All-nitride superconducting qubit made on a silicon substrate

Researchers have succeeded in developing an all-nitride superconducting qubit using epitaxial growth on a silicon substrate that does not use aluminum as the conductive material. This qubit uses niobium nitride (NbN) with a superconducting transition temperature of 16 K (-257 °C) as the electrode material, and aluminum nitride (AlN) for the insulating layer of the Josephson junction. It is a new type of qubit made of all-nitride materials grown epitaxially on a silicon substrate and free of any amorphous oxides, which are a major noise source.

The nanophotonics orchestra presents: Twisting to the light of nanoparticles

Physics researchers discover a new physical effect relating to the interactions between light and twisted materials -- an effect that is likely to have implications for emerging new nanotechnologies in communications, nanorobotics and ultra-thin optical components.

Fiber tracking method delivers important new insights into turbulence

Whether it's heart murmurs and pipeline transport of oil, or bumpy airplanes and the dispersal of pollutants, turbulence plays an important role in many everyday events. But despite being commonplace, scientists still don't fully understand the seemingly unpredictable behavior of the swirls and eddies in turbulent flows.

Effect of electrons with negative mass in novel semiconductor nanostructures

A large international research collaboration led by Dr. Kai-Qiang Lin and Professor John Lupton from the Institute of Experimental and Applied Physics at the University of Regensburg has been able to measure the effect of electrons with negative mass in novel semiconductor nanostructures. The international team includes scientists from Berkeley and Yale (U.S.), Cambridge (England) and Tsukuba (Japan).

New physics research reveals fresh complexities about electron behavior in materials

When electrons flow through a conductor—such as the copper wires in our phone chargers or the silicon chips in the circuit boards of our laptops—they collide with material impurities and with each other in a tiny atomic frenzy. Their interaction with impurities is well known.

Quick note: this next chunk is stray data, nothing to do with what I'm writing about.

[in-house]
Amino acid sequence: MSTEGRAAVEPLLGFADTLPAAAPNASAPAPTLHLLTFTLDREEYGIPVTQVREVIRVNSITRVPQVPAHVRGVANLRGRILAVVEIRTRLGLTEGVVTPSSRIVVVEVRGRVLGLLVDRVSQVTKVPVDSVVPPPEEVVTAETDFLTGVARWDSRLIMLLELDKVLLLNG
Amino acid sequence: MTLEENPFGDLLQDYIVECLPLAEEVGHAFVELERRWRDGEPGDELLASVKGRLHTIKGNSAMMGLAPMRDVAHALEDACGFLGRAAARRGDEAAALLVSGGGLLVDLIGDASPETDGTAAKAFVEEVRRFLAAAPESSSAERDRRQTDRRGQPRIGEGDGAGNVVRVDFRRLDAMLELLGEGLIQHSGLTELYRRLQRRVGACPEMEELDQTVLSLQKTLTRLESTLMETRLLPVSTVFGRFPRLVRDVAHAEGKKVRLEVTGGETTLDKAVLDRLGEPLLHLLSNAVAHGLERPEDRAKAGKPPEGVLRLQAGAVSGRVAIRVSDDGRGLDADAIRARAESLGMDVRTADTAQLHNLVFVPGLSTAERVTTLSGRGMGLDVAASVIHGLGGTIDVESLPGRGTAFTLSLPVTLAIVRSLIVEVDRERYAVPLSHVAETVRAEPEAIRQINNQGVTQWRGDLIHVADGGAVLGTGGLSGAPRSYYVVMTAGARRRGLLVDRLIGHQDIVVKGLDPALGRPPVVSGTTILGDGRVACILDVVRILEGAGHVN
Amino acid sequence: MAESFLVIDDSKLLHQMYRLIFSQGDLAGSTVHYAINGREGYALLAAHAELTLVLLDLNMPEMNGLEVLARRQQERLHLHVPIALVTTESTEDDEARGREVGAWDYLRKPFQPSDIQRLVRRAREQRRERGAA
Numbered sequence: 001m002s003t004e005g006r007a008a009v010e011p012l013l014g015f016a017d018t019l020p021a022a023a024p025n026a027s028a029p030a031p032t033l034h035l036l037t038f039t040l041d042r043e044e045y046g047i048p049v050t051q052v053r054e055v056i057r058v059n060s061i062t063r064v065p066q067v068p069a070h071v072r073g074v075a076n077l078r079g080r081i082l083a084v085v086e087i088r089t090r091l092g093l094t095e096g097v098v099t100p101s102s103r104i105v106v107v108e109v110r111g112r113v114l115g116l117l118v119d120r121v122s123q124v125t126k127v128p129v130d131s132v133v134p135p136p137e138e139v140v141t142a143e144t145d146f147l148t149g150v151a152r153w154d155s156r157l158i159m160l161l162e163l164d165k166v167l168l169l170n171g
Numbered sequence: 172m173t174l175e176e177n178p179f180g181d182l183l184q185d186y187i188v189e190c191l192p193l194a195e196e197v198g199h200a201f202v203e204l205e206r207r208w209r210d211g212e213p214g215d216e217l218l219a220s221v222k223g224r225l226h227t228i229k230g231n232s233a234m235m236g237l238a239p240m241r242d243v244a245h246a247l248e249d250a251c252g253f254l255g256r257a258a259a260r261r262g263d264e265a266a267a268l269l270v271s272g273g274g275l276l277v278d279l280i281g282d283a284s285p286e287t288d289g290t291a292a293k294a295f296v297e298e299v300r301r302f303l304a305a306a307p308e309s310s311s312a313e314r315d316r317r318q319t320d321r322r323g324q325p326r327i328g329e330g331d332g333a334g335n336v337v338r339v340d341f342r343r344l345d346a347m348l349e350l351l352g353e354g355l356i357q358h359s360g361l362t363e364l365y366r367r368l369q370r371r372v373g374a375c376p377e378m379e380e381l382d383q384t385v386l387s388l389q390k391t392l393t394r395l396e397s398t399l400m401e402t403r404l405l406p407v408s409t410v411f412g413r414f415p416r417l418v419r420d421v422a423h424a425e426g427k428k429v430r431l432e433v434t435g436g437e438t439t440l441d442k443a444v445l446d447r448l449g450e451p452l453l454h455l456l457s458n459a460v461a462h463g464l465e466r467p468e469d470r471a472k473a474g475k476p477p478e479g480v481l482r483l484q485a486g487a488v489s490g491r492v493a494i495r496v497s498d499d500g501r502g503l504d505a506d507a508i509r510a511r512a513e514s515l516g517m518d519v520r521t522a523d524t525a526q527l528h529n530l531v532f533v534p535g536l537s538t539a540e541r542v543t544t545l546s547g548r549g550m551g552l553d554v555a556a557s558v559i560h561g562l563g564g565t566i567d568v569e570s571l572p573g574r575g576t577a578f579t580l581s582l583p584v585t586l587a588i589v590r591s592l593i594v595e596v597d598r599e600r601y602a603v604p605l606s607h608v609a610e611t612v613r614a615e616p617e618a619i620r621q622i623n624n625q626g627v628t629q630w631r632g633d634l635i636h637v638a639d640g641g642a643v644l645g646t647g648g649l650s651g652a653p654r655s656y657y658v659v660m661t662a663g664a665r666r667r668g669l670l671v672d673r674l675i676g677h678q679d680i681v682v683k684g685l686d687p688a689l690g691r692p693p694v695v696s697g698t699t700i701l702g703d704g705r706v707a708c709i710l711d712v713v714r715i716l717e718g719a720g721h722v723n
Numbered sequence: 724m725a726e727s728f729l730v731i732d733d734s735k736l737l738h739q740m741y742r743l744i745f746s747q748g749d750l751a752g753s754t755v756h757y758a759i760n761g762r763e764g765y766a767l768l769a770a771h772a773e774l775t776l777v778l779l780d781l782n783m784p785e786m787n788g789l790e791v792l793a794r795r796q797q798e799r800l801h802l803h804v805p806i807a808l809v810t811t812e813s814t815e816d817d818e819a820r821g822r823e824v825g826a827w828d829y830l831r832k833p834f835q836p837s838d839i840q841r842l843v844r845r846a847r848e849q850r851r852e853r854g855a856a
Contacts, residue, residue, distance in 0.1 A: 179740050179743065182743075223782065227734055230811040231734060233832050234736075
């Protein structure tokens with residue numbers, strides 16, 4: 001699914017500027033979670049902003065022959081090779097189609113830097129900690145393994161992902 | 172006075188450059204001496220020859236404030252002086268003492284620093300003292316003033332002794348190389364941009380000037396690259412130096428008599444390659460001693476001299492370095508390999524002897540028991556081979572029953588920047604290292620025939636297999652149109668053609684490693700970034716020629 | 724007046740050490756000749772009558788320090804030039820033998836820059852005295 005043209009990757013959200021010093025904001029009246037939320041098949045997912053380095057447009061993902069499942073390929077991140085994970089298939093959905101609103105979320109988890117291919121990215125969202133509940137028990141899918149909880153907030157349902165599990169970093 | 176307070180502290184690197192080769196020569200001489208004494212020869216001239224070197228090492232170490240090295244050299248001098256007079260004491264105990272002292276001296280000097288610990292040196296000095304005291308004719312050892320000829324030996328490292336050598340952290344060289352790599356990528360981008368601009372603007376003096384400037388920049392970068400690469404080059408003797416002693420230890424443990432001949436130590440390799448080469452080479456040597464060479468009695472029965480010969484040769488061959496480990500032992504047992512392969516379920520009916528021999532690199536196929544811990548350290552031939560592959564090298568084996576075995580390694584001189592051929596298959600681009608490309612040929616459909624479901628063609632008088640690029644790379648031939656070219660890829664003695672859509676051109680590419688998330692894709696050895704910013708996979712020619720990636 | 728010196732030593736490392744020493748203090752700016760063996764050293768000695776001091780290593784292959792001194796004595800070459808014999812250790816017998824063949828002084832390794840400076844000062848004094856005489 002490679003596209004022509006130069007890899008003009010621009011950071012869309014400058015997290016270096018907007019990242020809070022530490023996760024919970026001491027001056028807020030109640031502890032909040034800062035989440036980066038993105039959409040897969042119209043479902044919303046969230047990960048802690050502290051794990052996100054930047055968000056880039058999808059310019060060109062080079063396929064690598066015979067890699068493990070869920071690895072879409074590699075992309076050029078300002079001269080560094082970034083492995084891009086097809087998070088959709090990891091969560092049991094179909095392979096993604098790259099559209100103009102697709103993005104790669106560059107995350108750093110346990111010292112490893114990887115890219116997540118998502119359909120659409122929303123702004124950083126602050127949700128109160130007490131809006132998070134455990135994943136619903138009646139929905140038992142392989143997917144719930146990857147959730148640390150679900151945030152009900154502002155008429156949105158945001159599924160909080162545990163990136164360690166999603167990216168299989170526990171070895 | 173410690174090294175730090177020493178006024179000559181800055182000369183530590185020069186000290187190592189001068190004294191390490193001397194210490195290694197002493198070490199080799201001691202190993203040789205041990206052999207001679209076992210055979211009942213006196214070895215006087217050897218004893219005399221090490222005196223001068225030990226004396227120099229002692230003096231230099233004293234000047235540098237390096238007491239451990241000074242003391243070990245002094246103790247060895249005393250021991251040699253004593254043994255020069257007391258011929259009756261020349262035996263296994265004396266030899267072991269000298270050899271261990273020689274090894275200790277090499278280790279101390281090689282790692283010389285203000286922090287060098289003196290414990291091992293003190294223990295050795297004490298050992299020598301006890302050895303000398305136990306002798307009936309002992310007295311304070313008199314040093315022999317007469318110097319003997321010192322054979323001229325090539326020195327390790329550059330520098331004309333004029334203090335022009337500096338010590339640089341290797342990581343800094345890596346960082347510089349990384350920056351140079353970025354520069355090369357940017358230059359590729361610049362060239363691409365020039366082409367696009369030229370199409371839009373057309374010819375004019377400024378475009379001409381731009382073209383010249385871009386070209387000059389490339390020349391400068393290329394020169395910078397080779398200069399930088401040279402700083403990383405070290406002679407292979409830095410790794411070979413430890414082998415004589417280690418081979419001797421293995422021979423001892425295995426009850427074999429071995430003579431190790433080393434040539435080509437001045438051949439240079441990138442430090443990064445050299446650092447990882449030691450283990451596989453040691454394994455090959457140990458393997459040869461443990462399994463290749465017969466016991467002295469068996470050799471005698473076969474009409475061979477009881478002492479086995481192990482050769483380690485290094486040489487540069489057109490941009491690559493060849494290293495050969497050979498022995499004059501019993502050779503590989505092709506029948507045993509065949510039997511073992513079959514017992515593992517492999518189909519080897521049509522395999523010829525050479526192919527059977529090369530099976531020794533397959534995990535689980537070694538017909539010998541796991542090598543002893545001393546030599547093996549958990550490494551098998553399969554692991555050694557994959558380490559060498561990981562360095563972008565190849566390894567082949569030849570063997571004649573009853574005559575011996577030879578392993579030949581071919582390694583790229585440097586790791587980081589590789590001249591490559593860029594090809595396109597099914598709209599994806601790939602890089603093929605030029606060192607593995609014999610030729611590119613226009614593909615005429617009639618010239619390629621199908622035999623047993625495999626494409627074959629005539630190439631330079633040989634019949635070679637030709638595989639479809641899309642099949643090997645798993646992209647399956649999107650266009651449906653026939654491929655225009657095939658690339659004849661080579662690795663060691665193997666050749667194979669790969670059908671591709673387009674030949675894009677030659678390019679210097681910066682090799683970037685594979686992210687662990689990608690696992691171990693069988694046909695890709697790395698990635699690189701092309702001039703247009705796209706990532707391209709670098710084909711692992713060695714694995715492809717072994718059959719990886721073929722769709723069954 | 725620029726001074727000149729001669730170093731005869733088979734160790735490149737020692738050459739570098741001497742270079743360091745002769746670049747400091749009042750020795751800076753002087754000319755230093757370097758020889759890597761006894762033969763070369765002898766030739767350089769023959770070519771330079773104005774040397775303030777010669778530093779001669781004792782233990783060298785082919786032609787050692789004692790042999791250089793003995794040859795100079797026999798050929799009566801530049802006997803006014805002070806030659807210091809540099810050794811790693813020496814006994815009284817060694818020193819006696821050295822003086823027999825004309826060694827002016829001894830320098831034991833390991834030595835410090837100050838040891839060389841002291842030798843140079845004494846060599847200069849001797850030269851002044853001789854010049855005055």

Inspiration4, The First All-Civilian Spaceflight, is Now in Orbit

The SpaceX mission seeks to raise some $200 million dollars for St. Jude Children's Research Hospital.

The first glimpse of hydrodynamic electron flow in 3D materials

A team of researchers has developed a theory to explain how hydrodynamic electron flow could occur in 3D materials and observed it for the first time using a new imaging technique.

Scientists take a closer look inside the perfect fluid

Scientists have reported new clues to solving a cosmic conundrum: How the quark-gluon plasma—nature's perfect fluid—evolved into matter.

How glacier tables are formed

A trio of researchers at the University of Lyon, has learned via lab experimentation how glacier tables are formed. Marceau Hénot, Nicolas Plihon and Nicolas Taberlet have published their findings in Physical Review Letters.

Michio Kaku Shares About His Lifelong Quest for a 'Theory of Everything'

The theoretical physicist talks about the book that even Albert Einstein couldn't finish, the inner-workings of the multiverse and the long-sought effort to unite all the forces of nature in a single equation.


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